In most cases, these tips have nothing to do with the software; they are just common sense strategies we have collected from our incredible, smart customers over the years. . .
1. Collect the numbers you need for emergencies AND BRING THEM WITH YOU TO YOUR EVENT!
Everything at YOUR event will go smoothly, and without a hitch - especially if you plan in advance what to do if things go horribly wrong. (They won’t. But plan for it anyway.) We suggest you have these telephone and account numbers on hand:
- The person who set up the Internet access, who can restart the router in case it crashes. Plus, all of the passwords to get back on the network, keys to the room where the router is, etc.
- The person who set up your merchant and gateway accounts, as well as the account numbers, logins and passwords.
- Our support team! Our toll-free support number will appear on your Dashboard a few days before your event.
One more tip - make sure you bring your cellphone charger with you to the event. Just in case.
2. Set up each volunteer with a unique user account, then have them log in using that account on auction night. It's not unusual for questions to arise about a specific transaction, sometimes days after your event. Unraveling the puzzle is often easier if you can determine which volunteer handled the transaction and seek any insight they may have. . .
3. Think through certain processes to avoid delay and surprises.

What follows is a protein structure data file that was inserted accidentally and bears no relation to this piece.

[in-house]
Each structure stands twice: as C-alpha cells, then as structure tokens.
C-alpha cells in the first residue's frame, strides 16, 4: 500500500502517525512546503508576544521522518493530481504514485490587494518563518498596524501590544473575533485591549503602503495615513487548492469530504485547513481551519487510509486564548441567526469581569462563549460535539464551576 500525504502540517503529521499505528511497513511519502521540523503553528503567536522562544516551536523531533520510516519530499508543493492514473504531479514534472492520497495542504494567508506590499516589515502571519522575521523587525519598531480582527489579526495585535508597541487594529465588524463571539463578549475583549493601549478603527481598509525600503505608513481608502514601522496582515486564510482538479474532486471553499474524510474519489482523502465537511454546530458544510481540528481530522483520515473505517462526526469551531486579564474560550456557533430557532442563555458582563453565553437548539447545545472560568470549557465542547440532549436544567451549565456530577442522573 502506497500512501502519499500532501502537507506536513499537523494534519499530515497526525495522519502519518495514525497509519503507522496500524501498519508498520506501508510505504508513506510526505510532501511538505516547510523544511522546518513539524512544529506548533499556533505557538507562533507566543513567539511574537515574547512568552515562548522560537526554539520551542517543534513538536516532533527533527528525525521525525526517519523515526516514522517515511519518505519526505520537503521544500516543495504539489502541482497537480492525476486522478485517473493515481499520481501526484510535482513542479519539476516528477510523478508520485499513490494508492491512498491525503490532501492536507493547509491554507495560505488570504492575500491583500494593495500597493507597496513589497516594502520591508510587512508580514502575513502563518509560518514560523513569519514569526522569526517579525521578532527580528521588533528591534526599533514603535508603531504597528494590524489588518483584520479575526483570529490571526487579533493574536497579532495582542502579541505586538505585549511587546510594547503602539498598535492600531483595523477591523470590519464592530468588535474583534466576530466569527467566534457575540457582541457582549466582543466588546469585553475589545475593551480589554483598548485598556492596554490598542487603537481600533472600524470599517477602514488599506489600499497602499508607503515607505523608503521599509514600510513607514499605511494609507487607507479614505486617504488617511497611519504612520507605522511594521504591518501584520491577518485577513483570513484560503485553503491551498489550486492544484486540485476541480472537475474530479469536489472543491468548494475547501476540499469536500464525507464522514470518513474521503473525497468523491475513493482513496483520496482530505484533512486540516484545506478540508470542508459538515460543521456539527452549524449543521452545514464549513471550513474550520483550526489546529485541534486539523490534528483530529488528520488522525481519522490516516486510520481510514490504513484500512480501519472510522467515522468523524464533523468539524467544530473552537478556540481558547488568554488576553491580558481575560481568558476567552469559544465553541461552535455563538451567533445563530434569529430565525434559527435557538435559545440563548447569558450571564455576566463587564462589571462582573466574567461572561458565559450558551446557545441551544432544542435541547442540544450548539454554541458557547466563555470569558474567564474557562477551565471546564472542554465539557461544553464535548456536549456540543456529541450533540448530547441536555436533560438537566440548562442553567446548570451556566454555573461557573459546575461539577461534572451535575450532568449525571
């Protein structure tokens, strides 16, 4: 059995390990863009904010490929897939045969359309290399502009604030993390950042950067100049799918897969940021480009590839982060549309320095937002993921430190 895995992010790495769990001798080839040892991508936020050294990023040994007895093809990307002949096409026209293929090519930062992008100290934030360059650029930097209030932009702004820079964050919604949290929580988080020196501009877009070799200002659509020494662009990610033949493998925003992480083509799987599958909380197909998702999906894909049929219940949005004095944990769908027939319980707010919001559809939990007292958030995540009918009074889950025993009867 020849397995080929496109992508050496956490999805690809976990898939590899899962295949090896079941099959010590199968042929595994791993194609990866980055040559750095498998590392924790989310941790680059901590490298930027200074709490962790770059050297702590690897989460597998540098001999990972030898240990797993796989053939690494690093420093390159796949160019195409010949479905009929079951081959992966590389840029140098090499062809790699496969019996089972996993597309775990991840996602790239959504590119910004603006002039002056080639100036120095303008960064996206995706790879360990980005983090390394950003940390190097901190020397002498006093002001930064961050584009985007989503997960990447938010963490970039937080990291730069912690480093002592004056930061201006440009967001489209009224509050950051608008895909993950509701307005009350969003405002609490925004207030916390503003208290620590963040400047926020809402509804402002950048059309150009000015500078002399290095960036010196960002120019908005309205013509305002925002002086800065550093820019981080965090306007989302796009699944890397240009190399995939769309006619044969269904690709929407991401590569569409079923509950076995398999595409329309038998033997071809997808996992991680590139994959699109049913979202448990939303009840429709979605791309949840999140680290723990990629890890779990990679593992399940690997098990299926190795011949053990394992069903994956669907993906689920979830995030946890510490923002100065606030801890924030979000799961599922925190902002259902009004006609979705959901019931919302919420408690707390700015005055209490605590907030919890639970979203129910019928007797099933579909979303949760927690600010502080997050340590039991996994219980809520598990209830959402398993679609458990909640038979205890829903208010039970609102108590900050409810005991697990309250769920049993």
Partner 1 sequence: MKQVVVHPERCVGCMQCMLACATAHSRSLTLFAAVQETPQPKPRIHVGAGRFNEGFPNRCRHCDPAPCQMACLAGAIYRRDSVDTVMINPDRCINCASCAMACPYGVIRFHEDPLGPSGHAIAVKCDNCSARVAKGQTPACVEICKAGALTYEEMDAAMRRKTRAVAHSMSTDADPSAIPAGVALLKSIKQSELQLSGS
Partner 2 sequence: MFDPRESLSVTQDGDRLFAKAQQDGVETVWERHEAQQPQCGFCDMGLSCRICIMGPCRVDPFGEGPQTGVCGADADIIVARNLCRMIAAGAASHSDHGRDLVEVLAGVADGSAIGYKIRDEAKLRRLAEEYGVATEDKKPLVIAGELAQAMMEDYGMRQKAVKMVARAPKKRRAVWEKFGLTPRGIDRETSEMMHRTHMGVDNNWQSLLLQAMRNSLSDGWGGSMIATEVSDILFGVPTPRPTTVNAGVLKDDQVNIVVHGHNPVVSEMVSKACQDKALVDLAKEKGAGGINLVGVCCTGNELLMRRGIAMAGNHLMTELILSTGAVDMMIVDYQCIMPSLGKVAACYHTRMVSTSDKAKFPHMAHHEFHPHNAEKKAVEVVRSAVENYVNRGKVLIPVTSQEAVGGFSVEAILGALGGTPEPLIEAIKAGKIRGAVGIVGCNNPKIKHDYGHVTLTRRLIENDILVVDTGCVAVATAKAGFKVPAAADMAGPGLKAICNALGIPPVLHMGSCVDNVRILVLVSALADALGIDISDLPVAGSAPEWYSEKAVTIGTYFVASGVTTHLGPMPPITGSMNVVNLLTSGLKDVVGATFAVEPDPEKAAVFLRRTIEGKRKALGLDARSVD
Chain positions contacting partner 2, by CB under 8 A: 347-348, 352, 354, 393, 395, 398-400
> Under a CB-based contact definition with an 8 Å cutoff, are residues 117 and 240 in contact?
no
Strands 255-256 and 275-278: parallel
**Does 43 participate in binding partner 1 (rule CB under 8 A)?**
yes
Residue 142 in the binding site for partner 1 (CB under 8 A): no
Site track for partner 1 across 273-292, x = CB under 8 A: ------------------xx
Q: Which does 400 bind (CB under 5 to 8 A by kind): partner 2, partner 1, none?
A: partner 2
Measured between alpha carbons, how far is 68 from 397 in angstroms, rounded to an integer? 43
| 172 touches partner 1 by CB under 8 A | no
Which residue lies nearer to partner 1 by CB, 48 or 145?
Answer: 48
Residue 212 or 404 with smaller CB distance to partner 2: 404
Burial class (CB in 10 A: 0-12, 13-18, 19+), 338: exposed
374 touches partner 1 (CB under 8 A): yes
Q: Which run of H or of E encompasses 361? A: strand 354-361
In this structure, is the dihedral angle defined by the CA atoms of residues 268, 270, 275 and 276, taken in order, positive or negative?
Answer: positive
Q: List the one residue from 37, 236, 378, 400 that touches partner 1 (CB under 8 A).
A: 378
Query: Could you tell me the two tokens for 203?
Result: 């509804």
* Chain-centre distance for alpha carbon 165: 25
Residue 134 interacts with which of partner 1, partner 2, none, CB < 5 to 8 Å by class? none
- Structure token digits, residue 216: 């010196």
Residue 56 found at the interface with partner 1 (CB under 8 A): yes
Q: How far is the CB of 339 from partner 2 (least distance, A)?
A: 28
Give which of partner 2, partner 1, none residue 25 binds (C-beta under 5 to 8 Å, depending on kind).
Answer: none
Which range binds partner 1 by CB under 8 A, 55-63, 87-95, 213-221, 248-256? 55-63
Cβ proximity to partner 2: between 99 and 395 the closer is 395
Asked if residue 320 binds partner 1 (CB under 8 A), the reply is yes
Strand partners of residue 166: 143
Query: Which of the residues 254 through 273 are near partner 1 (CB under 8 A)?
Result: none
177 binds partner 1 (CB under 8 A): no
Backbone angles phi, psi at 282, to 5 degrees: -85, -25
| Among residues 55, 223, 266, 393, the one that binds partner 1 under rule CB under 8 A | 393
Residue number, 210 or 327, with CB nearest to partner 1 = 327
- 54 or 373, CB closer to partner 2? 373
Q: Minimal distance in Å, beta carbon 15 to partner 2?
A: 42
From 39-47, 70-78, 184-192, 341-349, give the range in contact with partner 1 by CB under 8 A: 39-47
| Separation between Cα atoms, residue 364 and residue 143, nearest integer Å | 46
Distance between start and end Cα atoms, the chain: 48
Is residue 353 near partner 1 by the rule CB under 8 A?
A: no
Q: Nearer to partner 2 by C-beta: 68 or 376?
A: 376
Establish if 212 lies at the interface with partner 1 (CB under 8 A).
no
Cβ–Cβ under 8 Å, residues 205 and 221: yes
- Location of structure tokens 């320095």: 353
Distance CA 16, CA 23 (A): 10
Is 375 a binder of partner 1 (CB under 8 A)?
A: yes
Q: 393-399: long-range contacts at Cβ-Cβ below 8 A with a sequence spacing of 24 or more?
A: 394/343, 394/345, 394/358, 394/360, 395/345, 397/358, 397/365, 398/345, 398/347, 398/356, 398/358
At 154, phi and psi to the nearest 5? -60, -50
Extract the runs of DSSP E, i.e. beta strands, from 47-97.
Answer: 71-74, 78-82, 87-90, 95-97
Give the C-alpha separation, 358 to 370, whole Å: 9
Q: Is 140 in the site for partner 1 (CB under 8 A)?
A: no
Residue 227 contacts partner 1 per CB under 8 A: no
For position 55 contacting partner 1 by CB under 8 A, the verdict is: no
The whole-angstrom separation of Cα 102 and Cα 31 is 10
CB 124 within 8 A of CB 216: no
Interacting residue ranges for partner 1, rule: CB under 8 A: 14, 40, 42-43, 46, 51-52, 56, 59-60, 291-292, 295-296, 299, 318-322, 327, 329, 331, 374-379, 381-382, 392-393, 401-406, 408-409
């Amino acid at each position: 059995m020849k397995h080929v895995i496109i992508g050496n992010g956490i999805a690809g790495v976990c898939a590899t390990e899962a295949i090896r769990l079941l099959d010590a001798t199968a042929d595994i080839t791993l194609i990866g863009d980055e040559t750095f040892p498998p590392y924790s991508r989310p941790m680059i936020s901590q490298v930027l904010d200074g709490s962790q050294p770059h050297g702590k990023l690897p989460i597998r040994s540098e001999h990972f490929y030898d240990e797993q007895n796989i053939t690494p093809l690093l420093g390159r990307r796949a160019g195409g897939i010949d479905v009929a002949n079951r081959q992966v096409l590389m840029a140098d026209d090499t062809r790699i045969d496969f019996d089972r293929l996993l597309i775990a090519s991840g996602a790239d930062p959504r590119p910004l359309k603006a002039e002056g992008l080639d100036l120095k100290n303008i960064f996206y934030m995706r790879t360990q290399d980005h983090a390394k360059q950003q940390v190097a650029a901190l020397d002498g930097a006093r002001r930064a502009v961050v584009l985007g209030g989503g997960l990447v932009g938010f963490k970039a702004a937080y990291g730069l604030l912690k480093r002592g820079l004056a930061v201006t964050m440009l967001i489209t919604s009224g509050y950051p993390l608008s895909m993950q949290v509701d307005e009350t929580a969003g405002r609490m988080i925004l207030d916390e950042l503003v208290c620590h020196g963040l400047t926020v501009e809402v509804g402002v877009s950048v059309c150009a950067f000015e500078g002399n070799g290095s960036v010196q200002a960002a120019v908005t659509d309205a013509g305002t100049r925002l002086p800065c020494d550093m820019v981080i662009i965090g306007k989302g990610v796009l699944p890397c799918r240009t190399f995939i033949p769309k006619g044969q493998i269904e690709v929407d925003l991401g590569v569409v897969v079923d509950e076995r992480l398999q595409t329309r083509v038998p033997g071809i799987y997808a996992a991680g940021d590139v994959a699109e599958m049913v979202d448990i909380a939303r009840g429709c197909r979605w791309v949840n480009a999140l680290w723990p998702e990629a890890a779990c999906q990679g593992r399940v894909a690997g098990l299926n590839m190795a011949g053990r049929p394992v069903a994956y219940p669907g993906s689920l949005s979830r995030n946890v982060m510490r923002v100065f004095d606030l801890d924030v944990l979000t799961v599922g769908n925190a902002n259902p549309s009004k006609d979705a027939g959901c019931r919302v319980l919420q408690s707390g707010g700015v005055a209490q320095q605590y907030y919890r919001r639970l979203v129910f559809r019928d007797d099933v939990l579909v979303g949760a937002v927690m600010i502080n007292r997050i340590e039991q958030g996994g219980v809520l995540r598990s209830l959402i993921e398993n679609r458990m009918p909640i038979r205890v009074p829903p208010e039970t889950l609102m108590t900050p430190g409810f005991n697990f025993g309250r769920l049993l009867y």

Three weeks before the event, take some time to sit down, think about the flow of guests on event night, and make a few decisions about how you would like that flow to happen. Build your event-night routine around these decisions.
- How do guests get their paddle numbers? Do you need an extra volunteer to dig through a stack and quickly produce a pre-printed paddle? Where should that person be located?
- If you sold items (such as drink tickets or raffle tickets) alongside tickets or before the event or will be selling any items at check-in, does the guest need a proof of purchase to receive these item(s)? How will the item(s) be distributed?
- How close to the door is your check in table? Do you need a "traffic cop" volunteer to circulate among chatting guests to make sure they know there is an available check in station?
- At the end of the night, where do guests go to claim their items and/or gift certificates? Is it far enough away to avoid a traffic jam at the checkout desk? Make sure everyone understands your plan for Will Call.
4. Consider using the Advance Check-in and Self Check-out features to allow your guests to check in online prior to your event and/or check out on their smartphone. Even if most of your supporters are "old school," allowing those who'd appreciate these shortcuts to check in and check out online will reduce lines (and stress on your volunteers). Setting it up is quick and easy, so it's worthwhile, even if you think only a few people will use the features. And imagine how happy it will make your supporters who just need to pay for drinks, raffle tickets, and a paddle raise. . .